There’s so many dangers to being isolated from the world that will be addressed next.
What Are The Causes of Social Isolation?
These relationships can be anything from family members to friends who could begin spending less time around the affected in individual or in some cases the individual themselves may begin to pull away from others.
- A decline in health and mobility
- Developmental delays
- Intellectual disabilities or neurological disorders, such as Asperger’s syndrome
- Underdeveloped social skills or communication issues
- and problems understanding social cues.
The result of these issues can make the affected individual may feel ashamed, embarrassed, or scared. At the same time, the people around the affected individual may also avoid contact with them which can just as easily cause social isolation as well.
What Are The Dangers of Social Isolation?
Social Isolation is a risk factor for mental health and physical conditions which can have negative impacts on a person’s health and in some cases make them worst.
Fortunately, there is now more than enough data that shows a link between social isolation and loneliness being higher risks for things like high blood pressure, weak immune systems, cognitive decline, Alzheimer’s disease, death, and so much more.
A further study from the CDC explained it’s findings on seniors aged 50 and above being socially isolated or lonely in ways that put their health at risk. That study found that:
- Social isolation significantly increased a person’s risk of premature death from all causes, a risk that may rival those of smoking, obesity, and physical inactivity.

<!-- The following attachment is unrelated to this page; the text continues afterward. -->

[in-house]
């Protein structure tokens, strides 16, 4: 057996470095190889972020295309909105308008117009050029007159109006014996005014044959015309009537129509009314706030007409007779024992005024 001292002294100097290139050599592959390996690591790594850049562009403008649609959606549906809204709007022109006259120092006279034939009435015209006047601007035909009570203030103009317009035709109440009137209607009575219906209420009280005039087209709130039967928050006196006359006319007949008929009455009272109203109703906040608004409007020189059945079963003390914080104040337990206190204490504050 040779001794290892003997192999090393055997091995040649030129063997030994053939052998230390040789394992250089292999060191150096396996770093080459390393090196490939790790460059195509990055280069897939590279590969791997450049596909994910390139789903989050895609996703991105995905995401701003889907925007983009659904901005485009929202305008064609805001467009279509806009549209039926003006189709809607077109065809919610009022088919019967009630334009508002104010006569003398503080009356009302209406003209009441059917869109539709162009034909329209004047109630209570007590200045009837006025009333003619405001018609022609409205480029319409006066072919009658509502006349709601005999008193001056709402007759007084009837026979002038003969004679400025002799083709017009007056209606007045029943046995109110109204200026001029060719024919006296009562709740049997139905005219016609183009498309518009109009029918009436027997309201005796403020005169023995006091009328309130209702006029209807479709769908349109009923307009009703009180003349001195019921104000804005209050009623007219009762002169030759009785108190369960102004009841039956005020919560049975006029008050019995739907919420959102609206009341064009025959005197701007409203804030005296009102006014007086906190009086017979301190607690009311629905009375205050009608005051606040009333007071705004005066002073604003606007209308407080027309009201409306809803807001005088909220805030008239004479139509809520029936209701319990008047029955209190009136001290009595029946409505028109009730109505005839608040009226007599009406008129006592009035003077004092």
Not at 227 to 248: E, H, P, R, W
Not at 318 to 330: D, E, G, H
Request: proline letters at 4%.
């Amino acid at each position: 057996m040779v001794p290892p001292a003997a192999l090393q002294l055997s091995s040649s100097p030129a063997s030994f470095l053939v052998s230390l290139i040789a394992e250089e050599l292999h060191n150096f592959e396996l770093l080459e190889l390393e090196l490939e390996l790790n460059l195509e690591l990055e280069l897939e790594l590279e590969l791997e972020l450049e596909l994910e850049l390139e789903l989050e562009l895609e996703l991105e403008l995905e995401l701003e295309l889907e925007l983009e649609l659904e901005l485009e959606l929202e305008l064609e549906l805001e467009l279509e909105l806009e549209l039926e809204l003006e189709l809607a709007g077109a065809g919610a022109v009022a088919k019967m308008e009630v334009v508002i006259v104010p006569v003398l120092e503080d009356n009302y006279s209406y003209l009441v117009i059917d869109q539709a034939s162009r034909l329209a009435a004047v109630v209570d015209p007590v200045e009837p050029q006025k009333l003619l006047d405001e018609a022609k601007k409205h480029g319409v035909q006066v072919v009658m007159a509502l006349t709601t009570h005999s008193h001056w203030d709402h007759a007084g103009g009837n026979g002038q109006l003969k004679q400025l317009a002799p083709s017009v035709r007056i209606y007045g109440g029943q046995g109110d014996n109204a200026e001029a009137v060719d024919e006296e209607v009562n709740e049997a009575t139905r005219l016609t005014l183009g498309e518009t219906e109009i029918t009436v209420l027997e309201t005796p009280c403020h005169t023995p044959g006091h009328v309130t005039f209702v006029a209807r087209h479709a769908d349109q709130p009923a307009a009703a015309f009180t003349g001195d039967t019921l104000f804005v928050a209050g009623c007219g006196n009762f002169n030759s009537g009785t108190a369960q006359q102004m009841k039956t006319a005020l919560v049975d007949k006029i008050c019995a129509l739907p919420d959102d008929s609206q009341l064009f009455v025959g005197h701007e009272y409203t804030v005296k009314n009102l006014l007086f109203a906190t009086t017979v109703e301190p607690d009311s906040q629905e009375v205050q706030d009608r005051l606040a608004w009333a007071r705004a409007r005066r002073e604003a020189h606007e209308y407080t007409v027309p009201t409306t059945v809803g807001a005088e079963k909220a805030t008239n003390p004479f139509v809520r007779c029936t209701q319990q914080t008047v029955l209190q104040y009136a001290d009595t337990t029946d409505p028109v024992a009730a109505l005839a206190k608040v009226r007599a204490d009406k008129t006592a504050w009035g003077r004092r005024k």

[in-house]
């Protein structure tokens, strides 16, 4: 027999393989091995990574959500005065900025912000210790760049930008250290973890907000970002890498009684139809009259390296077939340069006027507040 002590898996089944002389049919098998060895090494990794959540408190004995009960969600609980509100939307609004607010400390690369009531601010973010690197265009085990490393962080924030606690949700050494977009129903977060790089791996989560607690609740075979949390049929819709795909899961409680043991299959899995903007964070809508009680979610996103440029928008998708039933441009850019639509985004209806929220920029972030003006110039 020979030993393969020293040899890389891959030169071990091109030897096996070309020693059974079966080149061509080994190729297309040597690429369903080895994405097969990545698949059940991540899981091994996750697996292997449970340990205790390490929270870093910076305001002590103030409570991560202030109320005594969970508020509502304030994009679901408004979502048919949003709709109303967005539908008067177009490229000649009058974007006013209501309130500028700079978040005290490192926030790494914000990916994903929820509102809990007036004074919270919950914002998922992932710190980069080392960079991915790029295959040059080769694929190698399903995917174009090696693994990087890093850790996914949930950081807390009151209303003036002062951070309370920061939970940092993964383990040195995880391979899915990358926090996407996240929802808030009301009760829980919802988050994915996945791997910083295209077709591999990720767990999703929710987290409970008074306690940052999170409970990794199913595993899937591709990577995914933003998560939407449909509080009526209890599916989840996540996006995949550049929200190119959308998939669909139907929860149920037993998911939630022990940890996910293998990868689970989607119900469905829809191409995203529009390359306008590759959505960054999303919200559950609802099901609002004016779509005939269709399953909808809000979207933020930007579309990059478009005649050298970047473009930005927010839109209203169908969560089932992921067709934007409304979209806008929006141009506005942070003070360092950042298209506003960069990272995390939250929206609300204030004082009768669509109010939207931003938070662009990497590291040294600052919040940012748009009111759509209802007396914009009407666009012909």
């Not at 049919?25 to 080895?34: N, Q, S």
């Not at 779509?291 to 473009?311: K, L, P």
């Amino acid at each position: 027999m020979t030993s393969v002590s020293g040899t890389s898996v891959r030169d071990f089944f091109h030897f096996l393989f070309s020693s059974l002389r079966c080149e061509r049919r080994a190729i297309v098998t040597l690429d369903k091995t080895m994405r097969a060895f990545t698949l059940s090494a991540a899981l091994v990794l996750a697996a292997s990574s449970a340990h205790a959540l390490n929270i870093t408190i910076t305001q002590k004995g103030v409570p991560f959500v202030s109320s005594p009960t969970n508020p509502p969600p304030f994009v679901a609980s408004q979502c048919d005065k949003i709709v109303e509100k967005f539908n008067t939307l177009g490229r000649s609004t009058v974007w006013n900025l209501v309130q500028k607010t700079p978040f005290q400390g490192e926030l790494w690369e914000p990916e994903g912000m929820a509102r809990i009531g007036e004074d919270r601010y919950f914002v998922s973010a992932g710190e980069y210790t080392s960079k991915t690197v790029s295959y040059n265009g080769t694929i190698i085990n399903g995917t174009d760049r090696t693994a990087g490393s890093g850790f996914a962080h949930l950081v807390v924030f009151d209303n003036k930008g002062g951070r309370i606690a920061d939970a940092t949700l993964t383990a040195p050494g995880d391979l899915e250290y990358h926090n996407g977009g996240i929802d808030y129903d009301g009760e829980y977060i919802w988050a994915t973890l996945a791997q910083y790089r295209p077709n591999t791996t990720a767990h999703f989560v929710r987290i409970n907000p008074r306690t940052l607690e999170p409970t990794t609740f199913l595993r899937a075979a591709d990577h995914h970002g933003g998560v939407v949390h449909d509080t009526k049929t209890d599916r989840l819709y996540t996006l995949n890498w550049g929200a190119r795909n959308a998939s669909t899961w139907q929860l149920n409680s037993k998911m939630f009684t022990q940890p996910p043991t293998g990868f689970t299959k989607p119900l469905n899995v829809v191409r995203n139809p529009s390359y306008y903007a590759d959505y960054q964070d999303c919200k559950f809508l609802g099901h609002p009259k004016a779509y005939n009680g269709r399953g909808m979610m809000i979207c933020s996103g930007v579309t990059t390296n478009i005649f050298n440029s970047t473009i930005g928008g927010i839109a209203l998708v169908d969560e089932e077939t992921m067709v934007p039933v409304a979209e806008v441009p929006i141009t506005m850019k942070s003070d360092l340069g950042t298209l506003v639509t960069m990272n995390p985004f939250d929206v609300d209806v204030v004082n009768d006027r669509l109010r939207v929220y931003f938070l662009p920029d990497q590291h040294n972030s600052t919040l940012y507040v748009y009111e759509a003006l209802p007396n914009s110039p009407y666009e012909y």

- Social isolation was associated with about a 50% percent increased risk of dementia.
- Poor social relationships was associated with a 29% increased risk of heart disease and a 32% increased risk of stroke.
- Loneliness was associated with higher rates of depression, anxiety, and suicide.
- Loneliness among heart failure patients was associated with a nearly 4 times increased risk of death, 68% increased risk of hospitalization, and 57% increased risk of emergency department visits.
How Do You Stop Or Prevent Social Isolation?
Visit your doctor so that they could assess your risk for social isolation and loneliness. Based on your assessment they may recommend a home care or home health agency.
We recommend looking into full suite agencies that perform the functions of both a home care and home health care agency so that you have everything you need all in one place.
This is important because statistics show that nearly all adults aged 50 and older interact with a health care system in some way. For some, a simple doctor appointment or visit from their home health nurse maybe one of the few social interactions that individual might have.
This represents a unique opportunity for clinicians to identify people at risk for loneliness or social isolation with the help of a home health care agency reporting on their daily lives.
At JanCare Private Health Services our professional caregivers are trained to interact with the elderly and to reduce social isolation by engaging with seniors at home.
Our goal at JanCare is to have our seniors remain in their home and live a healthy lifestyle as they age. We understand our clients’ needs and lifestyles. In addition to assisting our clients with physical needs, our caregivers will play cards, sing-along, read, listen to music, take walks with their client and provide companionship.